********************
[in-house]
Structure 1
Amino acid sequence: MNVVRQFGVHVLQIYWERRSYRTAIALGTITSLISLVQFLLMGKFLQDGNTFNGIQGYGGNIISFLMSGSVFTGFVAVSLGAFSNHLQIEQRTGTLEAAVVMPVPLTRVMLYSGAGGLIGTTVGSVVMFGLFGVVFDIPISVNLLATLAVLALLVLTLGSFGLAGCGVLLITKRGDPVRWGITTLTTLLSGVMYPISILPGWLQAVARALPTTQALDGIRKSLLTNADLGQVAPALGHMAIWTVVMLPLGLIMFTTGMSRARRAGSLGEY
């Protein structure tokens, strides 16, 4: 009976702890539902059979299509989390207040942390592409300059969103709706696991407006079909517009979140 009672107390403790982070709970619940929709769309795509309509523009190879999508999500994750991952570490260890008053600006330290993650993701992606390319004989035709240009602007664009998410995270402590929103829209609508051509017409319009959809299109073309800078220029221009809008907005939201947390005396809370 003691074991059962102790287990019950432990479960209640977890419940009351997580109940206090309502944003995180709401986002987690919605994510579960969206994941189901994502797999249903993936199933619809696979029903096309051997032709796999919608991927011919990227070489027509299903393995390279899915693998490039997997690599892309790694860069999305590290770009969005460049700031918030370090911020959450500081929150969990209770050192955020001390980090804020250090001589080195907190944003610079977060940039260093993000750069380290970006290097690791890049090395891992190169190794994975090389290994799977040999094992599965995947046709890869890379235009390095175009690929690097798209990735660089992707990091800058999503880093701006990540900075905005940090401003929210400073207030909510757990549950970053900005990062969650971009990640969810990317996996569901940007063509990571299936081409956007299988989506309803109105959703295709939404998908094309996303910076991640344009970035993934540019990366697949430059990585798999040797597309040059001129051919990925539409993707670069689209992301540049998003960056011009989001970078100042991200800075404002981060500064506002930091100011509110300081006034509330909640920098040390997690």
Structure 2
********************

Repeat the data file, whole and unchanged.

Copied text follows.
[in-house]
Structure 1
Amino acid sequence: MNVVRQFGVHVLQIYWERRSYRTAIALGTITSLISLVQFLLMGKFLQDGNTFNGIQGYGGNIISFLMSGSVFTGFVAVSLGAFSNHLQIEQRTGTLEAAVVMPVPLTRVMLYSGAGGLIGTTVGSVVMFGLFGVVFDIPISVNLLATLAVLALLVLTLGSFGLAGCGVLLITKRGDPVRWGITTLTTLLSGVMYPISILPGWLQAVARALPTTQALDGIRKSLLTNADLGQVAPALGHMAIWTVVMLPLGLIMFTTGMSRARRAGSLGEY
């Protein structure tokens, strides 16, 4: 009976702890539902059979299509989390207040942390592409300059969103709706696991407006079909517009979140 009672107390403790982070709970619940929709769309795509309509523009190879999508999500994750991952570490260890008053600006330290993650993701992606390319004989035709240009602007664009998410995270402590929103829209609508051509017409319009959809299109073309800078220029221009809008907005939201947390005396809370 003691074991059962102790287990019950432990479960209640977890419940009351997580109940206090309502944003995180709401986002987690919605994510579960969206994941189901994502797999249903993936199933619809696979029903096309051997032709796999919608991927011919990227070489027509299903393995390279899915693998490039997997690599892309790694860069999305590290770009969005460049700031918030370090911020959450500081929150969990209770050192955020001390980090804020250090001589080195907190944003610079977060940039260093993000750069380290970006290097690791890049090395891992190169190794994975090389290994799977040999094992599965995947046709890869890379235009390095175009690929690097798209990735660089992707990091800058999503880093701006990540900075905005940090401003929210400073207030909510757990549950970053900005990062969650971009990640969810990317996996569901940007063509990571299936081409956007299988989506309803109105959703295709939404998908094309996303910076991640344009970035993934540019990366697949430059990585798999040797597309040059001129051919990925539409993707670069689209992301540049998003960056011009989001970078100042991200800075404002981060500064506002930091100011509110300081006034509330909640920098040390997690």
Structure 2